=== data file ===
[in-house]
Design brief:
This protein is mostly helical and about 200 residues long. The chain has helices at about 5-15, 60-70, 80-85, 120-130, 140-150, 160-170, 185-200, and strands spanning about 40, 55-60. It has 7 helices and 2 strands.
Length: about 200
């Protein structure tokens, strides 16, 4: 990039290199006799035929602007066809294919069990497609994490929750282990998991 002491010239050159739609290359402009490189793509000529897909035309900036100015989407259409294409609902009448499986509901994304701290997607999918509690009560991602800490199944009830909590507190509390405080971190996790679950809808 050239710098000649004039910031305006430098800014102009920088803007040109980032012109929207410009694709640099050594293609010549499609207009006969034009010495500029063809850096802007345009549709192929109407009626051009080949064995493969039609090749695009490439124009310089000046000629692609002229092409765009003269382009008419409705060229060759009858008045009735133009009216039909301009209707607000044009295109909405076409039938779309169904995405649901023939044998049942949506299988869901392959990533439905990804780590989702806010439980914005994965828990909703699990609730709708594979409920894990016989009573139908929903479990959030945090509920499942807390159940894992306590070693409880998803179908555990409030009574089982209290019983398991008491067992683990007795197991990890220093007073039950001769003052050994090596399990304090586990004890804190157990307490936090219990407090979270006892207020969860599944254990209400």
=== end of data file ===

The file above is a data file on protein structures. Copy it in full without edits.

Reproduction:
[in-house]
Design brief:
This protein is mostly helical and about 200 residues long. The chain has helices at about 5-15, 60-70, 80-85, 120-130, 140-150, 160-170, 185-200, and strands spanning about 40, 55-60. It has 7 helices and 2 strands.
Length: about 200
């Protein structure tokens, strides 16, 4: 990039290199006799035929602007066809294919069990497609994490929750282990998991 002491010239050159739609290359402009490189793509000529897909035309900036100015989407259409294409609902009448499986509901994304701290997607999918509690009560991602800490199944009830909590507190509390405080971190996790679950809808 050239710098000649004039910031305006430098800014102009920088803007040109980032012109929207410009694709640099050594293609010549499609207009006969034009010495500029063809850096802007345009549709192929109407009626051009080949064995493969039609090749695009490439124009310089000046000629692609002229092409765009003269382009008419409705060229060759009858008045009735133009009216039909301009209707607000044009295109909405076409039938779309169904995405649901023939044998049942949506299988869901392959990533439905990804780590989702806010439980914005994965828990909703699990609730709708594979409920894990016989009573139908929903479990959030945090509920499942807390159940894992306590070693409880998803179908555990409030009574089982209290019983398991008491067992683990007795197991990890220093007073039950001769003052050994090596399990304090586990004890804190157990307490936090219990407090979270006892207020969860599944254990209400």